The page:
What Is NSFAS & sBux?
If you’re a university student, or embarking on tertiary education, & you’re wondering what is NSFAS & NSFAS sBux all about, you had better read this to see how it can help you fund your studies.
The NSFAS, together with their sBux cellphone payment facility, is one of the best ways for deserving South African students to pay for their tertiary education as well as books & accommodation.
Should a student qualify for a NSFAS loan they do not have to supply guarantees or sureties from parents or guardians in order to receive their study aid or loan.
So to answer the question of “what is NSFAS“, it’s main aim is to become an efficient & effective provider of financial aid to students from poor & working class families & to allow deserving candidates access to tertiary education opportunities throughout South Africa.
What Is NSFAS sBux System?
If you’re wondering what sBux is all about, it’s a facility that allows qualifying students to access their allowances in the form of vouchers.
These vouchers are sent to the students’ cellphones which enable them to pay for food, accommodation, books & travel at any registered sBux merchant.
Who Qualifies For the Student Aid Scheme?
To qualify for funding from the NSFAS scheme students would have to satisfy the following requirements;
- Show that they have the potential to succeed at university, or a TVET college, through their previous academic achievements
- Satisfy a means test to demonstrate that they do in fact require financial aid in order to study at a university or tertiary institution.
NSFAS Online Application
- Applying for funding for your studies is very easy as you can submit your NSFAS application online without having to go into their offices.
- Once you’ve submitted it you can go back to their site & check on your your NSFAS status regarding the progress of your application.
- If that doesn’t help you can reach them through the NSFAS contact details below.
What Is Your NSFAS Status?
If you want to check your NSFAS status regarding your application you will need to check with the university you applied through or reach out to NSFAS directly at the contact details below.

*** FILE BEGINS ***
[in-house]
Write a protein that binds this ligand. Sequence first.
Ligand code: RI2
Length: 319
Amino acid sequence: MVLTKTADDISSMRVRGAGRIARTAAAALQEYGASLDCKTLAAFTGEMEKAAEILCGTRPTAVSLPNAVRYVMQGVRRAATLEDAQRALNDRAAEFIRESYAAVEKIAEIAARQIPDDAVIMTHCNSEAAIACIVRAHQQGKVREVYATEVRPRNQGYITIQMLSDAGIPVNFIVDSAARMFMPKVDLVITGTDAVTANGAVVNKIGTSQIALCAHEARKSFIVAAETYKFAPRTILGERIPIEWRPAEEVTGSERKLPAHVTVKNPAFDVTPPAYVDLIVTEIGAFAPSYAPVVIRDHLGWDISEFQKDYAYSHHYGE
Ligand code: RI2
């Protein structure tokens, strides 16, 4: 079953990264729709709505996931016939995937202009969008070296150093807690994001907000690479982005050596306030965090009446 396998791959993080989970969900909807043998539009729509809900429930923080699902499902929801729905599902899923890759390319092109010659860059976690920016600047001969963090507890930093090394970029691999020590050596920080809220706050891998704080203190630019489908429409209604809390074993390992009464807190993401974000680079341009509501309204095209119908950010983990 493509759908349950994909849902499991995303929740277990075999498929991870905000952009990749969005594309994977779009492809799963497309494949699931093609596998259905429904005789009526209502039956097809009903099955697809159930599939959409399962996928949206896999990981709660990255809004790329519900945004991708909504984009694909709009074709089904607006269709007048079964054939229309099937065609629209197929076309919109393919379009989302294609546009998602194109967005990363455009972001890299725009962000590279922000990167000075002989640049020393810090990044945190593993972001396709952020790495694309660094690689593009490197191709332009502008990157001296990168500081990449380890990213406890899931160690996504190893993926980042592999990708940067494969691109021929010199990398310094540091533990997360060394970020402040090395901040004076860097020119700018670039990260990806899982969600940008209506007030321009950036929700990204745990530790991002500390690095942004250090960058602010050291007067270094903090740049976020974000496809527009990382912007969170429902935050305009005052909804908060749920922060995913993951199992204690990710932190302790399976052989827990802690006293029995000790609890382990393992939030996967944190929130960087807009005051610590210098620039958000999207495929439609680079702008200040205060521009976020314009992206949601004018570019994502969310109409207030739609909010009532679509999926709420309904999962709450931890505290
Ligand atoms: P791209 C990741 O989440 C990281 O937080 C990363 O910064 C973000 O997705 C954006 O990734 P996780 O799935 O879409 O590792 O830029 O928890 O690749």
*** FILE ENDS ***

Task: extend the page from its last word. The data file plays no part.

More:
NSFAS Contact Details
The NSFAS contact centre is a vital component of their new “student centric” operating model & is the primary source of contact for students.
The aim of this is have the student at the heart of their operations & be able to deliver the best possible experience across every touch point.
The vision for their “student contact centre” is for it to become a centre of excellence by being accessible, transparent and reliable to all of their stakeholders.
To contact the NSFAS use any of the following media;
- Tel: 0860 067 327 or 08600 NSFAS
- eMail – General Enquiries: email@example.com
- eMail – Account Enquiries: firstname.lastname@example.org
- eMail – sBux: email@example.com
- You can visit their website: www.nsfas.org.za
- Facebook: https://www.facebook.com/nsfas.org.za
- Twitter: https://twitter.com/NSFAS1
How To Sign Your SOP – Schedule Of Particulars
Once you have been accepted you will have to sign your SOP (Schedule of Particulars) as outlined below.
- NSFAS will send you an email or SMS with a link for you to go to to sign your SOP
- Once you’ve clicked on the link you will get an option to enter your ID number which you should do
- After submitting your ID number you will be sent a OTP (One Time Pin) to your cell phone
- Lastly, enter your OTP & sign your SOP
How To Use sBux
Once you’ve signed into your SOP (Schedule of Particulars) you will be able to access your sBux account.
- You will receive an email with a OTP (One Time Pin) to login in to accept your SOP
- Once you’ve accepted (signed) your SOP you will automatically receive an SMS to welcome you to sBux
- Dial *134*176#
- Enter your ID number
- Once that’s accepted you will be confirmed & verified for sBux
- Then you will receive your password from NSFAS
- Within 3 working days you will receive an SMS to notify you that your funds are available in your sBux account
- To receive vouchers you need to dial *134*176# (save this number on your phone)